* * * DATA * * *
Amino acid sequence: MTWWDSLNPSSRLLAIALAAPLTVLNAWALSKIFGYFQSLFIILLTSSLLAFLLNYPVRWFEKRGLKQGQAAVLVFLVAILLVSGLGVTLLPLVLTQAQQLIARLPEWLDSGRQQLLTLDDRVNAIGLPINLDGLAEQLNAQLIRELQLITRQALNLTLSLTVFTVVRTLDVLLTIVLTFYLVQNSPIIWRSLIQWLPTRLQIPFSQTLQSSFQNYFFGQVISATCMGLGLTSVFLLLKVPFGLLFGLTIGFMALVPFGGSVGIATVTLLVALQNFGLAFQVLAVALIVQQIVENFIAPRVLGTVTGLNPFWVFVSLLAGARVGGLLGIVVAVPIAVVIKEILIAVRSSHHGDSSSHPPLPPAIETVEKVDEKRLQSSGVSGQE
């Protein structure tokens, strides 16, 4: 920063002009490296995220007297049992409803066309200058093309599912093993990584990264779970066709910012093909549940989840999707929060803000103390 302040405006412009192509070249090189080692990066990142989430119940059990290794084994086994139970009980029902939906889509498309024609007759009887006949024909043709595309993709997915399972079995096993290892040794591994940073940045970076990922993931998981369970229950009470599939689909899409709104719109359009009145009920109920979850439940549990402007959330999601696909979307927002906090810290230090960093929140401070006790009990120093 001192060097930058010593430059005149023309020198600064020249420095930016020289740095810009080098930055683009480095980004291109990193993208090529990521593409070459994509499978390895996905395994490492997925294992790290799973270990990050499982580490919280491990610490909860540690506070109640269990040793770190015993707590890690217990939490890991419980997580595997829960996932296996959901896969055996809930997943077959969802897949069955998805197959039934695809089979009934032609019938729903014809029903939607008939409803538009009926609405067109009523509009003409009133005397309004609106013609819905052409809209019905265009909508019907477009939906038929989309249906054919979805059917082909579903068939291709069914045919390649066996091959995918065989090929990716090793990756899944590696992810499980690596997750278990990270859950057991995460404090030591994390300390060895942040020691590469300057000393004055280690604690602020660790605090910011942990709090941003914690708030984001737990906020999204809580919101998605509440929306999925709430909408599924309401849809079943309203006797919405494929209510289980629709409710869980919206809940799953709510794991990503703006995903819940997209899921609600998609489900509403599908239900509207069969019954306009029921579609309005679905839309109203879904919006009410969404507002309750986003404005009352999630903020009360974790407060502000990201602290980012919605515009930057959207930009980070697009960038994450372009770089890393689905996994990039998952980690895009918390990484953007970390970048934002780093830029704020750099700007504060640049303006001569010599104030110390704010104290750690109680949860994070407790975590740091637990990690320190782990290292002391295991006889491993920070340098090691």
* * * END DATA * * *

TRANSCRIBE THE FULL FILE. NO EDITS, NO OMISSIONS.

Amino acid sequence: MTWWDSLNPSSRLLAIALAAPLTVLNAWALSKIFGYFQSLFIILLTSSLLAFLLNYPVRWFEKRGLKQGQAAVLVFLVAILLVSGLGVTLLPLVLTQAQQLIARLPEWLDSGRQQLLTLDDRVNAIGLPINLDGLAEQLNAQLIRELQLITRQALNLTLSLTVFTVVRTLDVLLTIVLTFYLVQNSPIIWRSLIQWLPTRLQIPFSQTLQSSFQNYFFGQVISATCMGLGLTSVFLLLKVPFGLLFGLTIGFMALVPFGGSVGIATVTLLVALQNFGLAFQVLAVALIVQQIVENFIAPRVLGTVTGLNPFWVFVSLLAGARVGGLLGIVVAVPIAVVIKEILIAVRSSHHGDSSSHPPLPPAIETVEKVDEKRLQSSGVSGQE
């Protein structure tokens, strides 16, 4: 920063002009490296995220007297049992409803066309200058093309599912093993990584990264779970066709910012093909549940989840999707929060803000103390 302040405006412009192509070249090189080692990066990142989430119940059990290794084994086994139970009980029902939906889509498309024609007759009887006949024909043709595309993709997915399972079995096993290892040794591994940073940045970076990922993931998981369970229950009470599939689909899409709104719109359009009145009920109920979850439940549990402007959330999601696909979307927002906090810290230090960093929140401070006790009990120093 001192060097930058010593430059005149023309020198600064020249420095930016020289740095810009080098930055683009480095980004291109990193993208090529990521593409070459994509499978390895996905395994490492997925294992790290799973270990990050499982580490919280491990610490909860540690506070109640269990040793770190015993707590890690217990939490890991419980997580595997829960996932296996959901896969055996809930997943077959969802897949069955998805197959039934695809089979009934032609019938729903014809029903939607008939409803538009009926609405067109009523509009003409009133005397309004609106013609819905052409809209019905265009909508019907477009939906038929989309249906054919979805059917082909579903068939291709069914045919390649066996091959995918065989090929990716090793990756899944590696992810499980690596997750278990990270859950057991995460404090030591994390300390060895942040020691590469300057000393004055280690604690602020660790605090910011942990709090941003914690708030984001737990906020999204809580919101998605509440929306999925709430909408599924309401849809079943309203006797919405494929209510289980629709409710869980919206809940799953709510794991990503703006995903819940997209899921609600998609489900509403599908239900509207069969019954306009029921579609309005679905839309109203879904919006009410969404507002309750986003404005009352999630903020009360974790407060502000990201602290980012919605515009930057959207930009980070697009960038994450372009770089890393689905996994990039998952980690895009918390990484953007970390970048934002780093830029704020750099700007504060640049303006001569010599104030110390704010104290750690109680949860994070407790975590740091637990990690320190782990290292002391295991006889491993920070340098090691």